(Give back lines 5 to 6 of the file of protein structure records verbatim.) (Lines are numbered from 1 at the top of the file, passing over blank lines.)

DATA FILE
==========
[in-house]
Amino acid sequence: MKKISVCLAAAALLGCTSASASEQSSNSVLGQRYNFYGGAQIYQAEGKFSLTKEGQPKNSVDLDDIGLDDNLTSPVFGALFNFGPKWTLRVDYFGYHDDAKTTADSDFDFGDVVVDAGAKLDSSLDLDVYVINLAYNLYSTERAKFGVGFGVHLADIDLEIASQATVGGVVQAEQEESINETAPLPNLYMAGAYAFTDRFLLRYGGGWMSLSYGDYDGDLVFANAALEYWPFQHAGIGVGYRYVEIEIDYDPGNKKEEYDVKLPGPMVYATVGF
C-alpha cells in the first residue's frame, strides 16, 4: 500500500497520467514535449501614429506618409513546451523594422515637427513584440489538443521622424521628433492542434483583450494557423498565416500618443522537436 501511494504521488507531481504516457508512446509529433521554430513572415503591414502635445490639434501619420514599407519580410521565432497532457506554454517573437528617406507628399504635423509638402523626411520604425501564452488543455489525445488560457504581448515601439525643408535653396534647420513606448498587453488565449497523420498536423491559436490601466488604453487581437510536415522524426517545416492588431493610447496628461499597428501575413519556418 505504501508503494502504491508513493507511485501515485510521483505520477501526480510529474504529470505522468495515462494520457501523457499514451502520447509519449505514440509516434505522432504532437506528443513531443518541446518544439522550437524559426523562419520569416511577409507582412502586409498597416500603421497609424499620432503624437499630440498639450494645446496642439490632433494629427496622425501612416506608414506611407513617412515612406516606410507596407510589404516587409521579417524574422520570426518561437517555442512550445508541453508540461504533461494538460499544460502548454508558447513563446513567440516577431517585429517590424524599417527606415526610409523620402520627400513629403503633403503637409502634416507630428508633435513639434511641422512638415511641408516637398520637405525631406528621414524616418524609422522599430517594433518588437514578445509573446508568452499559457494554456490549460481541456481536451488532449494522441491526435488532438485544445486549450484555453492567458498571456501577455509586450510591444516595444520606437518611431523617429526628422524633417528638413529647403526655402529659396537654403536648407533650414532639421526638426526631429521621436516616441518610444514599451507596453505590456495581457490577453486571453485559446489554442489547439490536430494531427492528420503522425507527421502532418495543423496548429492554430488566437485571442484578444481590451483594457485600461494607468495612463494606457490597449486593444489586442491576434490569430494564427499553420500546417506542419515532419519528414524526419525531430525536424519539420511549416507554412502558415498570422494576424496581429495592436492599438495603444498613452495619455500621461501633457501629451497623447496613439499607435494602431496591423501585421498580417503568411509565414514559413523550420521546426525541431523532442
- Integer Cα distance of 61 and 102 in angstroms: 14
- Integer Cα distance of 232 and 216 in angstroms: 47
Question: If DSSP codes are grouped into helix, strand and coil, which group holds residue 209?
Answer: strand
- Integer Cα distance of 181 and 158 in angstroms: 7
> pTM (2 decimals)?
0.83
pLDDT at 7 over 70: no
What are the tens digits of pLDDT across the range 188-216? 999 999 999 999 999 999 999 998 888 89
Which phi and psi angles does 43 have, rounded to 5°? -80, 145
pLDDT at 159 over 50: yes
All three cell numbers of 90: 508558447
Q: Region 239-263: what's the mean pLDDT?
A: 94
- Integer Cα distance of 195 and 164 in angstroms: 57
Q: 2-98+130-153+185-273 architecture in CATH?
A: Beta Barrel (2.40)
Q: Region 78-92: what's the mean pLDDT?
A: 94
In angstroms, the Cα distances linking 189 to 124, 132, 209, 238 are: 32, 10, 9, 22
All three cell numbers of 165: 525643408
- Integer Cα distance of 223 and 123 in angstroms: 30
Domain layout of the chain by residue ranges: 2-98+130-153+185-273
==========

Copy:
- Integer Cα distance of 232 and 216 in angstroms: 47
Question: If DSSP codes are grouped into helix, strand and coil, which group holds residue 209?